The Cycle of Confirmation
Zoe Vedova –
You want your opinions to be right, but why stop there? What if there was a place where you could always be right, where your beliefs were continuously validated and there was an endless supply of proof supporting your claim; Welcome to Facebook. Facebook is an omnipotent social media platform which collects data about its user’s online habits, then places misleading or false news articles onto people’s newsfeed; with few users being able to distinguish fact from sponsored fiction, this confirmation of bias (Norman, Lecture week 6) has far reaching consequences into people’s lives, and democracy on a whole. This paper will examine how confirmation bias works through Facebook’s algorithms, and the risk it poses to individual people, as well as farther into society. Forty-five percent of American’s get their news from Facebook (Shearer, Gottfried, 2017), giving the website unprecedented power to curate what news people see, shaping world views by trapping users in heavily filtered bubbles.
Scrolling through Facebook is not as innocuous as it seems; every image you hover over and every article you share is being recorded. Even your location is prime data for Facebook to sell to ad companies to help that company sell back to you. This process is the first step in steering up a confirmation of bias. This works through a myriad of ways, detailed by Barbara Ortutay, in the INC. online magazine article, “Tips on how to avoid Facebooks new ad tracking” (2014). Ortuay described the process, starting with how advertisers pick from a series of “attributes such as age, gender … and language” to best target the user. From there, Facebook works in affiliation with “outside analytical firms” to track what websites and apps a user goes to in a process known as “interest-based targeting.” For instance, if a user was to click on a Facebook news story which linked out to Breitbart, a far-right American news site which endlessly propped up Trump with misleading articles, Facebook would collect that information and use it to show ads related to your ‘interests.’ Perhaps a product from the Breitbart website would appear on your news feed – something such as a, Safe spaces are for snowflakes, bumper sticker, or even more sinister, a false news story fed to them simply because it matches the user’s pervious interests. The user is now trapped in a cyber world of their own creation, constantly re-affirmed by Facebooks algorithms.
The cycle of confirmation bias doesn’t end with far-right neo-Nazi sympathizers, imprisoned in a hate bubble. Out of the 245.3 million adults living in America, PEW research center deduced that 45% of them get their news solely from Facebook (Shearer, Gottfried, 2017). 110.4 million Americans lives in danger of being lead into false articles. Although sixty-four percent of American’s believe that false news leads to real-life confusion, thirty-nine percent claim they can recognize fake articles online, thus negating the negative effects (Barthel, Mitchell, Holcomb, 2016). However, a 2016 study conducted by Stanford Graduate School of Education found that eighty percent of participants were unable to separate sponsored content from real news stories (Donald, 2016). With half of American’s using Facebook as the primary source of news, and many unable to differentiate between real and false, the cycle of confirmation bias only grows stronger, and more dangerous as it leaves peoples personal lives and affects public decisions, such as who to vote for.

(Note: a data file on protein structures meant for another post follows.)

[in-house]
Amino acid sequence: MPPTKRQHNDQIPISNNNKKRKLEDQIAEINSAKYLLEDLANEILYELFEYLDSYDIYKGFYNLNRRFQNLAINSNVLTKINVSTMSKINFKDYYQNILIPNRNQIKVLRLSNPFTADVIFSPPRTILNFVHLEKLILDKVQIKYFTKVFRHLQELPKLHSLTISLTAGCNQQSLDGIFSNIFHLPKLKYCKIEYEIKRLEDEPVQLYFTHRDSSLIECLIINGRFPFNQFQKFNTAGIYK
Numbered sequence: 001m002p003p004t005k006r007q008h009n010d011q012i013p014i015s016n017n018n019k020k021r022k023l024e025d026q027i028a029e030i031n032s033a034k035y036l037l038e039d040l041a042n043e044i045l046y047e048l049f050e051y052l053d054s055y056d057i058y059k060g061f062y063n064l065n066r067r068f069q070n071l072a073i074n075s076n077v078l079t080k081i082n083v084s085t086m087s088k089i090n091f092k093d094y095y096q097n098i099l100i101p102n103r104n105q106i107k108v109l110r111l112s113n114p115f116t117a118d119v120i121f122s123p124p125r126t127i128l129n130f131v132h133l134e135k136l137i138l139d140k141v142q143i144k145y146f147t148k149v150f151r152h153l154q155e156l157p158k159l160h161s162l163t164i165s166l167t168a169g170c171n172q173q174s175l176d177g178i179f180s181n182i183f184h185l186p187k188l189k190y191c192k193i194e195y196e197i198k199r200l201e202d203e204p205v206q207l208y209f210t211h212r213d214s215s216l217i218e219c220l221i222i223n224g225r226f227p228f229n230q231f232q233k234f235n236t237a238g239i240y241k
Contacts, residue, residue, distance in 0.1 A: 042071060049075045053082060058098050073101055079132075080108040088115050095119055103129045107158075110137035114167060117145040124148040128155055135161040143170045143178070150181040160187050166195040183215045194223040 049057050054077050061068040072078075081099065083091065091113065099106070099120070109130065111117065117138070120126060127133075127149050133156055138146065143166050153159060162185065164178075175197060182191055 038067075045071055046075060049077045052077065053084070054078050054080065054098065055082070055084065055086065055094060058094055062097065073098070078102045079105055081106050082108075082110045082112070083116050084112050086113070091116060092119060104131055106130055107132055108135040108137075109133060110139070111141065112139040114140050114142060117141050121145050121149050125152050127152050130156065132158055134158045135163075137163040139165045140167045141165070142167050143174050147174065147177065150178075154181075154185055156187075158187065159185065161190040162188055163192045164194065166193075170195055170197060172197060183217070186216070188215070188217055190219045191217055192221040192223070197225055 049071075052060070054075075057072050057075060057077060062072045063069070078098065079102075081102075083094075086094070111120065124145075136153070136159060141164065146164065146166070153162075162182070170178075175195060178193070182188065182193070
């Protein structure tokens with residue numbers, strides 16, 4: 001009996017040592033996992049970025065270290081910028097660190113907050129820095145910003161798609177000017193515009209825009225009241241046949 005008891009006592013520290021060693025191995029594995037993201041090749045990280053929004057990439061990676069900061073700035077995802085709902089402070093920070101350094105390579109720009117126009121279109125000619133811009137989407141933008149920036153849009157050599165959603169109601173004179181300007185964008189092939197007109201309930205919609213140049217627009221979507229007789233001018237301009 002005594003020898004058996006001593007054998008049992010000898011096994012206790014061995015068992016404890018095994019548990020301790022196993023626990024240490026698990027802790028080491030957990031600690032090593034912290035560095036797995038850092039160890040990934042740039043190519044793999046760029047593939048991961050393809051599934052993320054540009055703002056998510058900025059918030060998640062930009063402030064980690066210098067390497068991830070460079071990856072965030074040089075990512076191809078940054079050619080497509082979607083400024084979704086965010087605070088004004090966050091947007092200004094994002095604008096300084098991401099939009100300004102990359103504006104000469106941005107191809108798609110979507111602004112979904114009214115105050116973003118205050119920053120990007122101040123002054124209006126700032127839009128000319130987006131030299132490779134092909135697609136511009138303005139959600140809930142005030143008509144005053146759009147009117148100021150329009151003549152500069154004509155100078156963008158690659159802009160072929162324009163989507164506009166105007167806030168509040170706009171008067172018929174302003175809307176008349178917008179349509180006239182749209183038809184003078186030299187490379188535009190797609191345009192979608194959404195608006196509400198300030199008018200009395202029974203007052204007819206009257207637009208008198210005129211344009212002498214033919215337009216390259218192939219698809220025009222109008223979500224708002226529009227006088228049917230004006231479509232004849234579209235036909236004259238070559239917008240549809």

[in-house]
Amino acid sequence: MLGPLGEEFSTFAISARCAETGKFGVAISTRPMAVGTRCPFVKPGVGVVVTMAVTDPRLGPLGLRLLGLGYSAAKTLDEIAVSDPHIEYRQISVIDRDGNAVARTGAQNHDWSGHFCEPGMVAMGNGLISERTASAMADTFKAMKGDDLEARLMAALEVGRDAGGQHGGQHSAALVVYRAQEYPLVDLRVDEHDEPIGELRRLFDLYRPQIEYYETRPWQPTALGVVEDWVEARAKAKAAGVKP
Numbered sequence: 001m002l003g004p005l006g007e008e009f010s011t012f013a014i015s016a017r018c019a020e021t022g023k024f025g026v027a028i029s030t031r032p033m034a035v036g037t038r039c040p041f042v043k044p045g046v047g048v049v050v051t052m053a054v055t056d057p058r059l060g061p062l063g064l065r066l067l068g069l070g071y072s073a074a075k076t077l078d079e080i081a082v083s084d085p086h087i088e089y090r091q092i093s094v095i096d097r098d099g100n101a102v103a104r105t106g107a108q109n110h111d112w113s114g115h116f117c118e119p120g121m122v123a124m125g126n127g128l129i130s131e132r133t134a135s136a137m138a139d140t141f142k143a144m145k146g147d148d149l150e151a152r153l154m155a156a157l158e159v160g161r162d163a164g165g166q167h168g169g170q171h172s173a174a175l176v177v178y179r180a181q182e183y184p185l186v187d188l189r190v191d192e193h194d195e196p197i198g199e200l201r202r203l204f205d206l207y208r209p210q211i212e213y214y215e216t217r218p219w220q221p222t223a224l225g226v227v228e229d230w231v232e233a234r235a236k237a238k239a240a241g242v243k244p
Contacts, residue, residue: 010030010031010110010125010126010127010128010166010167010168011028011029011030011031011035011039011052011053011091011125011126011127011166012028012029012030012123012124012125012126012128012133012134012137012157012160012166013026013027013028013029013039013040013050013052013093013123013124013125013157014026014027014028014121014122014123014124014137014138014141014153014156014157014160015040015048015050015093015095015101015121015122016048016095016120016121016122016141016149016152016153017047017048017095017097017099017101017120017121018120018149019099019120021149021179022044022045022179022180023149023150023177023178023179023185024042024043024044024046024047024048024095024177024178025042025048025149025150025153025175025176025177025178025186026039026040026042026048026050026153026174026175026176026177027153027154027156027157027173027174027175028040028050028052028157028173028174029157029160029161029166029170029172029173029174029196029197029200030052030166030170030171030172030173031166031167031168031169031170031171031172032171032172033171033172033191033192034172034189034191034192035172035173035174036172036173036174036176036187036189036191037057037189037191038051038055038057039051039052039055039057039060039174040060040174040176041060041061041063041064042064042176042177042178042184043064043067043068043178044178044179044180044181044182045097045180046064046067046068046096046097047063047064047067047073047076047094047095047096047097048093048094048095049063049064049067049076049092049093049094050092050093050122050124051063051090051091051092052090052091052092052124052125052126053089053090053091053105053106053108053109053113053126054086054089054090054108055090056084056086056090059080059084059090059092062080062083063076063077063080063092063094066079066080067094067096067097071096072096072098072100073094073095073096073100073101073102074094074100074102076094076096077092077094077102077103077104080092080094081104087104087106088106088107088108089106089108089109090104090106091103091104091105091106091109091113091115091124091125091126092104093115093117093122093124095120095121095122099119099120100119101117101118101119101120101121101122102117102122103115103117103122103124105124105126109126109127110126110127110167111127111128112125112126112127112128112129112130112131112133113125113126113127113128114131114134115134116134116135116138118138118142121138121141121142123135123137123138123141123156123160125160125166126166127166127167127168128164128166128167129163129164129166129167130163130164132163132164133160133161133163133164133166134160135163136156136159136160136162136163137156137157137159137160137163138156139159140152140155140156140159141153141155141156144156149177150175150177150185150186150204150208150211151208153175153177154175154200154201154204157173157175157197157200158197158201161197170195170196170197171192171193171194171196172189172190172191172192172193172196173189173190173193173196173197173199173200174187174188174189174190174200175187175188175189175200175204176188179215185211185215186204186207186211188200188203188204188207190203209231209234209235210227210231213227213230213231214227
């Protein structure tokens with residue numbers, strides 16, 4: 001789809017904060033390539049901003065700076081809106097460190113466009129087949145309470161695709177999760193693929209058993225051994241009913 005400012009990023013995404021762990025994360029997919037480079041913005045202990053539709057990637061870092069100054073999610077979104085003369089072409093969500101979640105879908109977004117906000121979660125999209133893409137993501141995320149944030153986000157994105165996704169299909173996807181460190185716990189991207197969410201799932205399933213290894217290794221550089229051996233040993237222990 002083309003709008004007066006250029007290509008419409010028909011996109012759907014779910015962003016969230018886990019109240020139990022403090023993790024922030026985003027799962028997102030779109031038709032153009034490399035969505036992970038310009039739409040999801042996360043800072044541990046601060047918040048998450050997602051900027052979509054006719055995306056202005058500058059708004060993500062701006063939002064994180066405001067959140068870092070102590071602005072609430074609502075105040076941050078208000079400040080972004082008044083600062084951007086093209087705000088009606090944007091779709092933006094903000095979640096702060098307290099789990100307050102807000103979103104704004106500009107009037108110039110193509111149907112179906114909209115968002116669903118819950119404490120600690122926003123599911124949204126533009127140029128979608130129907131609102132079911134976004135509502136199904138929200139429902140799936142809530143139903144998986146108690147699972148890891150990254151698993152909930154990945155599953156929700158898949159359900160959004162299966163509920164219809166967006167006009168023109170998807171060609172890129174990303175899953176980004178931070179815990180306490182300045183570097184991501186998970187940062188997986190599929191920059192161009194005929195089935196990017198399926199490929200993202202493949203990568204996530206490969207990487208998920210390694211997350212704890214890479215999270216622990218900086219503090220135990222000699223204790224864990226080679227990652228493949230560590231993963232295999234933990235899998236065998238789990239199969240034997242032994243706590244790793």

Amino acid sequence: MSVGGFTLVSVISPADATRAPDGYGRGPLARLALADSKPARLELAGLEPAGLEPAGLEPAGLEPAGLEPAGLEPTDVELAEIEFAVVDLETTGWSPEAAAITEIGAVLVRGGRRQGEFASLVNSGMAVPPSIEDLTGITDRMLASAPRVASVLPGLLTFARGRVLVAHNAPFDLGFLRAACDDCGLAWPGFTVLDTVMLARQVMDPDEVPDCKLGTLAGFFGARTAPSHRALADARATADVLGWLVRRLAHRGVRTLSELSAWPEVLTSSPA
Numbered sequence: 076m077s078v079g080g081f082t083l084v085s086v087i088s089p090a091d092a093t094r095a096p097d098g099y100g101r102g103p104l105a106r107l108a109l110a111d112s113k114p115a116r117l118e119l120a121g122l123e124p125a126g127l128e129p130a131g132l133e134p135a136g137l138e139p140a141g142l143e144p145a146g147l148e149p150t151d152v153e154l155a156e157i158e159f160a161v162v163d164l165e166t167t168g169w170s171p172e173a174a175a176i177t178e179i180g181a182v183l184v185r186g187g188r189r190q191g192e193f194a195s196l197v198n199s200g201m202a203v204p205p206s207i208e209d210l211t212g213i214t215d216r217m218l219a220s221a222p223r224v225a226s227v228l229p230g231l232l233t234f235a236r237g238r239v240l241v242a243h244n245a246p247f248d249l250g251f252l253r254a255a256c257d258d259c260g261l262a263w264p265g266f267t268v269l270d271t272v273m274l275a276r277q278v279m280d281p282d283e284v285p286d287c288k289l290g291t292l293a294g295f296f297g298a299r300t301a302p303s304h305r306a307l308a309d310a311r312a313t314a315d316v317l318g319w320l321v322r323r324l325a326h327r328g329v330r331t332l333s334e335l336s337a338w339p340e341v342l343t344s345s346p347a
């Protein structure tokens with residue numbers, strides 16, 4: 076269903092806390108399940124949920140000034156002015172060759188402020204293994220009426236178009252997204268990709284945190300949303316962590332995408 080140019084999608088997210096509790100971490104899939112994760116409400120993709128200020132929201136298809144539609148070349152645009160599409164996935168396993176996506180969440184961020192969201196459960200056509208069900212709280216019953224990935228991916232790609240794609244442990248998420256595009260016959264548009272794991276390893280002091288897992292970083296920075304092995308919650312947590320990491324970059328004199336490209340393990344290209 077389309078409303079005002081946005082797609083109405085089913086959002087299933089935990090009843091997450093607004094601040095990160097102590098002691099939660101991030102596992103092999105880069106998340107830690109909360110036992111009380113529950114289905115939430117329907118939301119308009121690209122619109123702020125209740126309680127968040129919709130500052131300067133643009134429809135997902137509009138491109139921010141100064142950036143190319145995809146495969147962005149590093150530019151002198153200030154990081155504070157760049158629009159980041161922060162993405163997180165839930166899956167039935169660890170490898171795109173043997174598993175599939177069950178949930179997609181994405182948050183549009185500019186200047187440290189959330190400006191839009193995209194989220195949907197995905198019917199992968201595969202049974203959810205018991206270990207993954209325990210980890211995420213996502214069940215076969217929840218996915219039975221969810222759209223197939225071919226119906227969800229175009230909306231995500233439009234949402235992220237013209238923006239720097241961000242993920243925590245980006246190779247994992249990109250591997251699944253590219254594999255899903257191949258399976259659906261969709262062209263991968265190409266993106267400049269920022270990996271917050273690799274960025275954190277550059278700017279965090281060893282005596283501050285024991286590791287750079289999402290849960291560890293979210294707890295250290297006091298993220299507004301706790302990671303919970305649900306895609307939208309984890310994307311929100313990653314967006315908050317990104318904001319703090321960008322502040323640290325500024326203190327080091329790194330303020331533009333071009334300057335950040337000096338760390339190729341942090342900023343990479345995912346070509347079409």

The 2016 American election steals a lot of limelight as the poster child for the hazards of Facebook’s fake news and confirmation bias. However, the “electoral battle ground” Facebook provides utilizes the same “media filter bubbles and algorithms” which effect every election, as well as our collective sense of democracy (Hern, 2017). If a Facebook user cannot distinguish between a real and sponsored story about veganism, the misinformation that could spread within their personal lives is fairly benign. More malignant is false news centered around governments and political candidates. The Journal of economic perspectives published an article from Stanford university on fake news affecting elections, detailing how fake news makes it increasingly difficult to “infer the true state of the world” (Allcott, Gentzkow, pg.2, 2017). In fact, the article goes on to suggest that “Donald trump would not have been elected president were not for the influence of fake news” (pg.2). Fake news, perpetrated by algorithms trapping users in a cycle of confirmation bias pose a massive threat to life off the internet.
Facebook has a multitude of tactics used to continuously confirm biases as a news source. Whether its algorithms to track a user’s interests, or filters to only show high paying sponsored content, there is real danger in people not being able to distinguish between real and false, dangers that could even threaten our sense of democracy. Facebook must either accept responsibility for the effects of over-curating content, or users must learn how to spot fake news for themselves. Society needs to be able to trust our published news for a democracy to thrive.
Allcott, Hunt, Gentzkow, Mathew. (2017) Social media and fake news in the 2016 election. Journal of economic perspectives, Vol 31. (Issue 2), pp. 211-236)
Barthel, Michael, Mitchell, Amy, Holcomb, Jessie. (2016, December, 15th) Many American’s believe fake news is sowing confusion.
Donald, Brooke. (2016, November, 22) Stanford researchers find students have trouble juging the credibility of information online.
Hern, Alex. (2017, May, 22) How social media filters bubbles and algorithms affect the election.
Ortutay, Barbara. (2014, June, 20th) Tips on how to avoid Facebooks new ad tracking
Shearer, Elisa, Gottfried, Jeffrey. (2017, September, 7th) News use across Social Media platforms 2017